This comforting vegetarian Spaghetti Squash “Ramen” is the perfect meal for a cold night! It’s a healthy ramen alternative that’s nourishing and flavorful, thanks to a dried mushroom broth, miso paste, soy sauce, rice vinegar, and fresh bok choy. Please note that this recipe is not intended to mimic or be claimed as traditional Japanese ramen and is instead a twist that is inspired by the delicious flavors of that dish.
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About a year ago, I received a text from a friend asking for a Veg World creation using healthy ramen noodles. I loved this idea so much that I immediately put spaghetti squash “ramen” on my content calendar for the winter. This friend also happens to live in the Midwest, so she knows how important it is to have some warm, healthy comfort food recipes in your back pocket for January and February!
If you aren’t familiar with ramen, it’s a Japanese dish made of noodles and broth. It has some floating vegetables, plenty of seasonings and may be served with a jammy egg on top. For more information on the history of ramen, please refer to this Japanese Ramen Guide for Beginners.
In true Veg World fashion, I used spaghetti squash for this “ramen” recipe. It’s a low carb alternative to wheat ramen noodles that adds an extra boost of fiber, B vitamins, and potassium.
But the best part about this veggie-based recipe is the broth. Ramen broth is comforting, savory, a little salty, and downright nourishing, and I attempted to create a vegetarian broth with all of these features. Thanks to flavor from dried mushrooms, miso, onion, garlic, and ginger, it goes down REAL easy.
Please note that I was inspired by the flavors of traditional ramen to make this recipe, but my dish is not an attempt to mimic traditional ramen.
How to Make Spaghetti Squash “Ramen”
- Prep the spaghetti squash for roasting, and cook in the oven until the noodles are fairly tender. Decide how you will boil the eggs, and prepare as needed.
- While the squash is roasting, prepare the broth. Cook the onion, garlic, and ginger in some toasted sesame oil. Pour in the vegetable broth and add the dried mushrooms. Bring to a boil, then simmer for 20 minutes.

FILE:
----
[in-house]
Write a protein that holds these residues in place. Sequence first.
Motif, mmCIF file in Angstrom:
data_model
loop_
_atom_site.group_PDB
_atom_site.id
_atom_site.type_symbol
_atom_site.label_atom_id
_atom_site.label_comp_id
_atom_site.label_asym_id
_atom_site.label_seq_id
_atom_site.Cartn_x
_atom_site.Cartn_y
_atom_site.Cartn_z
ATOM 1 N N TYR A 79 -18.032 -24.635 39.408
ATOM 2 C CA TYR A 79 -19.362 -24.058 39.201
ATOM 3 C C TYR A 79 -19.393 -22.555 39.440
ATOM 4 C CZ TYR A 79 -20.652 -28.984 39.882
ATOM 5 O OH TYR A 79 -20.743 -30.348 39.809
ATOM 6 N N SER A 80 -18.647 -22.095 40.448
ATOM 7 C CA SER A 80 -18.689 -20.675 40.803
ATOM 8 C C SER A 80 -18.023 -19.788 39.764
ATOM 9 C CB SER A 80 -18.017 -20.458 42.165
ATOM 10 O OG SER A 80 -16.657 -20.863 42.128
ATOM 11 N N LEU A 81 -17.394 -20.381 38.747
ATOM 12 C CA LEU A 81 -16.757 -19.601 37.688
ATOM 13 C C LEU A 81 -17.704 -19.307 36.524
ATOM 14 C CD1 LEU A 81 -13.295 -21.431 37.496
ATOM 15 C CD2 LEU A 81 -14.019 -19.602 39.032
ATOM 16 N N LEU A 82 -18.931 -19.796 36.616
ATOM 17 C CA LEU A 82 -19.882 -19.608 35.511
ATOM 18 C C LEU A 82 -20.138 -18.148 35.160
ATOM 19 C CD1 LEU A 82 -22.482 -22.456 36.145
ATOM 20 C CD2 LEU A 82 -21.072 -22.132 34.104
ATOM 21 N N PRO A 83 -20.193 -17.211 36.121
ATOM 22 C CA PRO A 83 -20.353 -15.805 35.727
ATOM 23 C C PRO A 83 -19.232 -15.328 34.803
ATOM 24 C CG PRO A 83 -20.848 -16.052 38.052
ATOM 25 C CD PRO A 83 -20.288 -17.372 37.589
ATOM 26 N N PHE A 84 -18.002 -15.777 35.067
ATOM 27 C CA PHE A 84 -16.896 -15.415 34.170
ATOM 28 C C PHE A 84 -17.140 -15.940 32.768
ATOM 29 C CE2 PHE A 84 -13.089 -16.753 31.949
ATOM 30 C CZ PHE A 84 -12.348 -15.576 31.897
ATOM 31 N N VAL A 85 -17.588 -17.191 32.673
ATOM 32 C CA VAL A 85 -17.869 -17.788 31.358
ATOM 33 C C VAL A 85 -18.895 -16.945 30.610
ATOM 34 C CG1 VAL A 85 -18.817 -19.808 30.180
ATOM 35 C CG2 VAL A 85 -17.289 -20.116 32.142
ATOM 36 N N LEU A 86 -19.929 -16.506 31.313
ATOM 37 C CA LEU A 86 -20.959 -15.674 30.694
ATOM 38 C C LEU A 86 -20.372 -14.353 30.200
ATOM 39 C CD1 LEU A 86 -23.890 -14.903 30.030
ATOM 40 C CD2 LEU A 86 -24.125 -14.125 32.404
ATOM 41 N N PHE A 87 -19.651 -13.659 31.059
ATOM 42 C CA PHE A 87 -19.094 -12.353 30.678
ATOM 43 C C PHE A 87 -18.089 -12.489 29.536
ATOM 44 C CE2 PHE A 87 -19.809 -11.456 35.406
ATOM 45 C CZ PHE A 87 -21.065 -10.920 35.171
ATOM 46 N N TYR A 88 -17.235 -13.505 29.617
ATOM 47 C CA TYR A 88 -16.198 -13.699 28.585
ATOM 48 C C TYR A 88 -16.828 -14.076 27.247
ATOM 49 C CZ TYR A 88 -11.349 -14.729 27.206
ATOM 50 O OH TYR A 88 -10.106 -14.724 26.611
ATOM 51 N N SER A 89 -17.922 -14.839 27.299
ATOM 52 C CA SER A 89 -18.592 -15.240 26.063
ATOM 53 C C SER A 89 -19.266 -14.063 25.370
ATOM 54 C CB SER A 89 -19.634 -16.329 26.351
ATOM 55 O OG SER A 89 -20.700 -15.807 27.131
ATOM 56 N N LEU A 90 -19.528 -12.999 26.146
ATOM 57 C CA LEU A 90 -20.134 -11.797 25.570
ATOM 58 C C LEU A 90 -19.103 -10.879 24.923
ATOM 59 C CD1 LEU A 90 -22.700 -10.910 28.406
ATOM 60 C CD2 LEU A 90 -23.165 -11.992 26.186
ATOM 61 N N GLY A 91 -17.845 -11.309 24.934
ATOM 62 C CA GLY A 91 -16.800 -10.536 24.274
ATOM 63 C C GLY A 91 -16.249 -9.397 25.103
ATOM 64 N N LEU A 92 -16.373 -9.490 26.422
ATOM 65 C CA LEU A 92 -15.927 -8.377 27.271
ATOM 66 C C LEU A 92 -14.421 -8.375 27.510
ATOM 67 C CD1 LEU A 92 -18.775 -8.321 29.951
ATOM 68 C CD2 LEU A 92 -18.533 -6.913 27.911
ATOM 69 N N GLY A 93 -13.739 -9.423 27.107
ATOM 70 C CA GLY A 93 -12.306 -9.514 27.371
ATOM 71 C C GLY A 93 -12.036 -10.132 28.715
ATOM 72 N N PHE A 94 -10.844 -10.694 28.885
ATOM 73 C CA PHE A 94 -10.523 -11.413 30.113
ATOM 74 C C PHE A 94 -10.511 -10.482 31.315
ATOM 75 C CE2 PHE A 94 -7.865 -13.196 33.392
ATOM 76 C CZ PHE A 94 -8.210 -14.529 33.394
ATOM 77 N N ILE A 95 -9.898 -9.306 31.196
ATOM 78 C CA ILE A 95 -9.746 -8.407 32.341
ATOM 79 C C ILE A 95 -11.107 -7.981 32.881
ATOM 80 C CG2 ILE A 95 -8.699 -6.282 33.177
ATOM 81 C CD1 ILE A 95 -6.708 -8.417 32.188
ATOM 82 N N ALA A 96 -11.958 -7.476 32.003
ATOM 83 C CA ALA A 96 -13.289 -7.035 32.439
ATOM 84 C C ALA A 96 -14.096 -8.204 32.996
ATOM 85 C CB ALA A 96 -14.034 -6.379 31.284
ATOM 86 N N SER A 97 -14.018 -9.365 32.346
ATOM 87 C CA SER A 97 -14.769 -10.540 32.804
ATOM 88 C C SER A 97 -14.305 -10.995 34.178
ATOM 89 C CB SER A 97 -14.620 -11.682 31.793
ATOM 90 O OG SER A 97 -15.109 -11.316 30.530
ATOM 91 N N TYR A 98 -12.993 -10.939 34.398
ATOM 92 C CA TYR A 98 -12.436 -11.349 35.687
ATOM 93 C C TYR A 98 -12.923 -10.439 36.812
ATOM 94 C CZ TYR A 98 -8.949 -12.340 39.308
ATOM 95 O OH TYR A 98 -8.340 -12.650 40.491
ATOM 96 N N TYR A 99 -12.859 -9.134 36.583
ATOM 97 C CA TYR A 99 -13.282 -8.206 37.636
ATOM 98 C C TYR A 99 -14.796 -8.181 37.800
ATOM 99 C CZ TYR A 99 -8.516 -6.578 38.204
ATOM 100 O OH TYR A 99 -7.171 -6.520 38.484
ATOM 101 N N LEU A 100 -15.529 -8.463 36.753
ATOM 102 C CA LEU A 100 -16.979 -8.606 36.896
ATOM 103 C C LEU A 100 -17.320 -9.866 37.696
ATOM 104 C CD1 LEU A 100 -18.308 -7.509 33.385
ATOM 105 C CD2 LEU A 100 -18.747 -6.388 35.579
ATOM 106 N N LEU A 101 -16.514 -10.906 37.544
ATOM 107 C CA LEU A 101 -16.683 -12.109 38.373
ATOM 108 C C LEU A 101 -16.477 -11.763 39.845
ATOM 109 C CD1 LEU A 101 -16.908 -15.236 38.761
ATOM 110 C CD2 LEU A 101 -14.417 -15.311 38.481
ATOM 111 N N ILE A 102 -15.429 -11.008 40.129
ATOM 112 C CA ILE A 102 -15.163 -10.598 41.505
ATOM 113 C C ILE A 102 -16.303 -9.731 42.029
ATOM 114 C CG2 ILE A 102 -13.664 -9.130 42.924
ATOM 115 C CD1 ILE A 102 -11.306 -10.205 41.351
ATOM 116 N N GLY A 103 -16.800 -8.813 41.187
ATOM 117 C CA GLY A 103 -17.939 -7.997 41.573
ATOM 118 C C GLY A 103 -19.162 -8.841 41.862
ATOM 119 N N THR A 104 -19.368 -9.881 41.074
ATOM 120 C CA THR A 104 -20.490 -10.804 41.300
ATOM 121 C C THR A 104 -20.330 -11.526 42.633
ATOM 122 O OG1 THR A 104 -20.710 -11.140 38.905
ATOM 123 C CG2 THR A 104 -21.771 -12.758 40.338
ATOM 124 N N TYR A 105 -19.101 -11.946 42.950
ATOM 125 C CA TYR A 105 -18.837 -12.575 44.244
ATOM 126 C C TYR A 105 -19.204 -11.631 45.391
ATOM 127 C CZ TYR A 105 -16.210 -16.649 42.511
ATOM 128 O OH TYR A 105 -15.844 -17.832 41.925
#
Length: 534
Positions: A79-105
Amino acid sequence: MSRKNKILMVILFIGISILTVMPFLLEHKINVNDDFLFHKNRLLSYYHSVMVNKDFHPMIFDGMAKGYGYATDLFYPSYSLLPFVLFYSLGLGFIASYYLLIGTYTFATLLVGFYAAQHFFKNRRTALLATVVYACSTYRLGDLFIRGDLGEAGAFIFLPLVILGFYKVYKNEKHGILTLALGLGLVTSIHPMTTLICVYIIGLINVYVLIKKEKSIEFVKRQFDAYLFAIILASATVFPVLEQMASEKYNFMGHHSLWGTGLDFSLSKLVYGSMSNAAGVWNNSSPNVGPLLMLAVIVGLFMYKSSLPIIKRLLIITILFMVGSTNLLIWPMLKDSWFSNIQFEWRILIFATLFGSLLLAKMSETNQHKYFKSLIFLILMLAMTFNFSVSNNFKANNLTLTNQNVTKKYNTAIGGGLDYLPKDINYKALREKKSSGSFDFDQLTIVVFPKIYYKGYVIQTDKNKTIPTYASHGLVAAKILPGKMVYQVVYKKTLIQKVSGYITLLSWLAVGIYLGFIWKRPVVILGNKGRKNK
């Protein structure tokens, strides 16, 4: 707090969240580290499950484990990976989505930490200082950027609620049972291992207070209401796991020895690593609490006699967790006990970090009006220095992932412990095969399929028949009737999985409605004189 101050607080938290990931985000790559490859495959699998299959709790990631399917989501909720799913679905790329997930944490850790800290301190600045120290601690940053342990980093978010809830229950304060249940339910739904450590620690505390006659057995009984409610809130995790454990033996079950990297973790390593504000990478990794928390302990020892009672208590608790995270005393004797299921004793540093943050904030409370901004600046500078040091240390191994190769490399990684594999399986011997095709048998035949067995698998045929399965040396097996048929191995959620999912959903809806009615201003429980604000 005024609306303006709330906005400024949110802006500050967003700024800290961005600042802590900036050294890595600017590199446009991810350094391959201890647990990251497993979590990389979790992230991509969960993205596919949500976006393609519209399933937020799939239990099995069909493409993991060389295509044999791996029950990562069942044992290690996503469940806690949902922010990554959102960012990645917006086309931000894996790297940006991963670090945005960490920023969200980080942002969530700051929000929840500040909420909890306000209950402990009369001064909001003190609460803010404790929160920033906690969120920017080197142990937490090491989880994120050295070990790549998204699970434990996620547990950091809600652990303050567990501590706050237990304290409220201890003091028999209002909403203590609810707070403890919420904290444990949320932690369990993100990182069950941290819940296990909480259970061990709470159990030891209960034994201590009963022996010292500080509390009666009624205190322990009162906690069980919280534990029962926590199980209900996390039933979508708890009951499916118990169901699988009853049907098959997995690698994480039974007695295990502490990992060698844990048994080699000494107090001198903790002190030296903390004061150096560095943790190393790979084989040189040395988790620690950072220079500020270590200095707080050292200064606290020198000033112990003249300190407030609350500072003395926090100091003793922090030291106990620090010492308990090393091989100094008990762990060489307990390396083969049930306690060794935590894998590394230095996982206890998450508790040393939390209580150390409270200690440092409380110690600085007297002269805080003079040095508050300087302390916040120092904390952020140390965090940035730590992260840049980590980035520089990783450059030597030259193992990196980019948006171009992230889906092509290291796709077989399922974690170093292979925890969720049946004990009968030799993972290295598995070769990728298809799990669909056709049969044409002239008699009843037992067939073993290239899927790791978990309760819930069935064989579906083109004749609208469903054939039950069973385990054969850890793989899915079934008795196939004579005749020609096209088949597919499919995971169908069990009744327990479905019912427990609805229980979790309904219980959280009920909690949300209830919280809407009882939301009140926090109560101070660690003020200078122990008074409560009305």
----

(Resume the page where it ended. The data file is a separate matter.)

- Blend the broth with an immersion blender (optional), and pour through a sieve into a large mixing bowl. Add the broth back to the pot, and stir in the soy sauce, miso, and rice vinegar.
- Bring back to a gentle simmer, add the bok choy, and cook for a few minutes to steam.
- Prepare two serving bowls with about a cup of spaghetti squash noodles. Place bok choy in each bowl, and pour the ramen broth on top. Finish with chopped scallions, Sriracha, toasted sesame seeds, and a jammy egg.
- I personally like to slightly undercook the spaghetti squash so that the noodles aren’t too soggy. They will cook a little in the ramen broth, so you want them to be slightly crunchy to start. For more tips, check out my tutorial on how to cut and cook spaghetti squash. Save yourself some time and prep it in advance!
- The best spaghetti squash “ramen” broth uses dried shiitake mushrooms. I used to think these were a hard-to-find ingredient, but they are available at most grocery stores! You can find them in the produce section or in the international aisle. If you can’t find them at the store, order them online.
- This recipe isn’t difficult, but there are some kitchen tools that make it a lot easier to prepare. I recommend blending the broth then straining it, using an immersion blender and mesh sieve. You can also strain the broth without blending it, but I find it to be more flavorful if the mushrooms are blended into the liquid. To make perfect soft-boiled eggs, I highly recommend an electric egg maker. Of course, you can boil the eggs in a pot on the stove, but an egg maker is a great tool for making jammy eggs like you get in restaurant ramen.